Asian Markets Rise On Optimism Over Slowing Virus Spread

Asian stocks rose broadly on Monday after the reported death tolls in some of the world's coronavirus hot spots showed signs of easing over the weekend.

U.S. President Donald Trump warned the country could be headed into its "toughest" weeks, but expressed hope the country was seeing a "levelling off" of the virus crisis.

The markets in China and Thailand were closed for the Qingming Festival and Chakri Day, respectively. Hong Kong's Hang Seng index rose 2.21 percent to 23,749.12 despite China reporting a surge in imported and asymptomatic coronavirus cases.

China has reported 39 new coronavirus cases, up from 30 a day earlier, while the number of new asymptomatic cases rose to 78 as of the end of the day on Sunday, compared with 47 the day before.

Japanese markets rallied and the yen dropped along with Treasuries as investors reacted positively to reports suggesting a slowing daily death toll from coronavirus in Europe.

Elsewhere, New York State also reported its first decline in the number of daily coronavirus-related deaths as well as hospitalizations on Sunday.

The Nikkei average jumped 756.11 points, or 4.24 percent, to 18,576.30, while the broader Topix index closed 3.86 percent higher at 1,376.30.

Market heavyweight SoftBank soared 7.6 percent, automaker Toyota Motor surged 6.2 percent and Uniqlo casual wear operator Fast Retailing rallied 2.2 percent. In the tech space, Advantest jumped 6.2 percent and Tokyo Electron added 6.7 percent.

Investors shrugged off reports indicating that Prime Minister Shinzo Abe intends to declare a state of emergency in the country following a surge in the number of infections in Tokyo and other major cities.

Australian markets soared, with miners and financials leading the surge on optimism about the slowing spread of the coronavirus in New York and Australia.

The benchmark S&P/ASX 200 index jumped 219.30 points, or 4.33 percent, to 5,286.80, while the broader All Ordinaries index ended up 216.70 points, or 4.24 percent, at 5,323.60.

The big four banks climbed 4-5 percent while mining heavyweights BHP and Rio Tinto surged 4.8 percent and 1.6 percent, respectively. Gold miners Evolution Mining and Newcrest rose around 4 percent.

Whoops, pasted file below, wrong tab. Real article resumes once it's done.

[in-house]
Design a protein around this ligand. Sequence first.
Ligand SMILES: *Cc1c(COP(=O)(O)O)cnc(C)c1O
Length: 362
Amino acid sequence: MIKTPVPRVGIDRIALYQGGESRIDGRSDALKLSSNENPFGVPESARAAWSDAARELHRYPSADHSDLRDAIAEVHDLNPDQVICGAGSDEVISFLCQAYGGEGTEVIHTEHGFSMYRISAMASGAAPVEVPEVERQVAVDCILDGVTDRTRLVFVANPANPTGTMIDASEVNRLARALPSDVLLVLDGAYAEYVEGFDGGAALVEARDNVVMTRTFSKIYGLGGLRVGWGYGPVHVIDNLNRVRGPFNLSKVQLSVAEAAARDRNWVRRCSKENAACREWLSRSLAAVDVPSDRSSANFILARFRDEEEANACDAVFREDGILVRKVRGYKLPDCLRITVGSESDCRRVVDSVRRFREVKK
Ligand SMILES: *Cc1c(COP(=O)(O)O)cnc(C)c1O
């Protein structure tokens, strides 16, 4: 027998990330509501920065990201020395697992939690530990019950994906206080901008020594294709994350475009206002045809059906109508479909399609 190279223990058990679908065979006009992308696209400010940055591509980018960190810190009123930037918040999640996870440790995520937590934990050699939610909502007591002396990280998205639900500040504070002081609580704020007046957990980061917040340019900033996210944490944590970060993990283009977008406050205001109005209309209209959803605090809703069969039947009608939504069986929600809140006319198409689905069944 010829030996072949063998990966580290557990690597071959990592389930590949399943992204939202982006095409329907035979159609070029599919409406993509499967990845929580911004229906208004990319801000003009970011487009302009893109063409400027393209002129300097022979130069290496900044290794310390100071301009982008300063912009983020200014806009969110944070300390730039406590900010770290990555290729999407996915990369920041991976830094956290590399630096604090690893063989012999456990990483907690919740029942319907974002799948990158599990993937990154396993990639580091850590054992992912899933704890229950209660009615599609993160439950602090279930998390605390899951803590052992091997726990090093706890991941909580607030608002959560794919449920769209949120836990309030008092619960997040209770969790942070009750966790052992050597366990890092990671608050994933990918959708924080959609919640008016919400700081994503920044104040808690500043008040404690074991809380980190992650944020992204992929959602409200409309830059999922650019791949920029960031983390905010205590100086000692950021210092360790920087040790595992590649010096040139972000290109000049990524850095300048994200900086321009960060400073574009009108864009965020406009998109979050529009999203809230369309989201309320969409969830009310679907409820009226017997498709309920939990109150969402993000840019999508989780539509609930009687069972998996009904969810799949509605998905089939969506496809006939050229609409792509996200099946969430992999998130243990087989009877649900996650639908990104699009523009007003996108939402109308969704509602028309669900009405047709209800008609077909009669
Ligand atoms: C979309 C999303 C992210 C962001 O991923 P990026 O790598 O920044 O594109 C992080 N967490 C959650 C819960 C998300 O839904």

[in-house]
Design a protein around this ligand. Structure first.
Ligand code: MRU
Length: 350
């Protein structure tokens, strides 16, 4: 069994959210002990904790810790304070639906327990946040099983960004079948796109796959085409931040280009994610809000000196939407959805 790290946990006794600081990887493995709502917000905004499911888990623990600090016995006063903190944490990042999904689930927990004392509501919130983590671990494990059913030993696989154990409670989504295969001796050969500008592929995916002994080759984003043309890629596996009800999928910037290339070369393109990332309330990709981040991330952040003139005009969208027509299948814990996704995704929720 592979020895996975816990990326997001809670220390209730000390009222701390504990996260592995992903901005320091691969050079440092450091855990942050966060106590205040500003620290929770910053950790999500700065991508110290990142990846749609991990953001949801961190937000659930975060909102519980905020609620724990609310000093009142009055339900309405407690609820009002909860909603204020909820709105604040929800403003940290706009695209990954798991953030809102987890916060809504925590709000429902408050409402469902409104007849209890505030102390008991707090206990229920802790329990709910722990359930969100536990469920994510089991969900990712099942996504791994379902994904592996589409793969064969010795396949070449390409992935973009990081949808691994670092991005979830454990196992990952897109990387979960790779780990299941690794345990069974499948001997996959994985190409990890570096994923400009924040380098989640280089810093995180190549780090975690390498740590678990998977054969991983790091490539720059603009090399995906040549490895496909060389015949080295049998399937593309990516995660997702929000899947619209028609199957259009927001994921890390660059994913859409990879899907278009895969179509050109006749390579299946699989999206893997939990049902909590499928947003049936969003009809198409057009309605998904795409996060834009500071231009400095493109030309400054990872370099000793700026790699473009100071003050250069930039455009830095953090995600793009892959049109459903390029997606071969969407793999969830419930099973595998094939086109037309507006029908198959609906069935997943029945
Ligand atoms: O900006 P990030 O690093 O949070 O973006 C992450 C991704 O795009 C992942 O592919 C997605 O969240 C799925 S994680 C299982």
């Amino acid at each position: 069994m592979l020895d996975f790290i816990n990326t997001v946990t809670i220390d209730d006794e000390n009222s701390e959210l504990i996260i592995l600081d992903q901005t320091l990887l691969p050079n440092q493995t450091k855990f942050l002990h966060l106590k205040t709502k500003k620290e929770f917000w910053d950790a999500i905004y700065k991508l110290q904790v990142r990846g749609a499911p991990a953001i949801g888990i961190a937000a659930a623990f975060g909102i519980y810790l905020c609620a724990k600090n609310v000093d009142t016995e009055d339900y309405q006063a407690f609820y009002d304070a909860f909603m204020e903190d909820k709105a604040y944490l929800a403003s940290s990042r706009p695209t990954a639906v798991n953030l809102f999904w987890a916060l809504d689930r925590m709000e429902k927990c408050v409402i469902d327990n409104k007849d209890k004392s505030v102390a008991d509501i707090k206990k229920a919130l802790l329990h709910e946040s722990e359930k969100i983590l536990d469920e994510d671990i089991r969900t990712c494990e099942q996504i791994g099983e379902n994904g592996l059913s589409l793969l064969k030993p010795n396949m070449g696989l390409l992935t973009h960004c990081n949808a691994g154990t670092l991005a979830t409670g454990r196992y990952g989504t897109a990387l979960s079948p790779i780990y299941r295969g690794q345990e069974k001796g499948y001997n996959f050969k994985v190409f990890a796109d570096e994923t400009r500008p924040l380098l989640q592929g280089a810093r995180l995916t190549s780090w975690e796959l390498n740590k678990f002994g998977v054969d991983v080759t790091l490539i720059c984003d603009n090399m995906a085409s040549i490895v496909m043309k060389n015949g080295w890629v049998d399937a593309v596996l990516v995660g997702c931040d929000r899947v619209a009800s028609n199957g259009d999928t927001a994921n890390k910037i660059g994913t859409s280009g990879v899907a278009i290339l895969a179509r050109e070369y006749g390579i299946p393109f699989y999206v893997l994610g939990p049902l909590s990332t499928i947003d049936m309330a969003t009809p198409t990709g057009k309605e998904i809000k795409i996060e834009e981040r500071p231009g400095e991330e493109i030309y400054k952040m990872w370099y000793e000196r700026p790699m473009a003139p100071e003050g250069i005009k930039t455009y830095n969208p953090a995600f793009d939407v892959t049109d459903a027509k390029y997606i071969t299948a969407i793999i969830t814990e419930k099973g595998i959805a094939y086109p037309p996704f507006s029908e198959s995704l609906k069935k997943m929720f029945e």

Energy stocks rose for the sixth consecutive session, with Woodside Petroleum surging 6.4 percent and Santos adding 8.5 percent.

Caltex Australia advanced 6.6 percent. The fuel retailer said it would extend the planned shutdown of Lytton oil refinery to ward off an expected hit to refining due to the pressure on demand amid the coronavirus pandemic.

Seoul stocks rose sharply to extend gains for a third straight session as investors cheered positive news about the use of Gilead Sciences' remde sivir against Covid-19 that has infected more than 1.2 million people around the world. The Kospi average climbed 66.44 points, or 3.85 percent, to 1,791.88.

New Zealand shares bucked the regional trend to end lower. The benchmark NZX 50 index dropped 171.36 points, or 1.72 percent, to 9,763.82. Exporter Fisher & Paykel Healthcare tumbled 3.8 percent as the kiwi dollar bounced back.

U.S. stocks fell sharply on Friday after data showed the country lost as much as 701,000 jobs in March, marking the first decline in job creation in a decade. The jobless rate surged up to 4.4 percent from 3.5 percent in February.

The Dow Jones Industrial Average shed 1.7 percent, the tech-heavy Nasdaq Composite and the S&P 500 declined around 1.5 percent each. 



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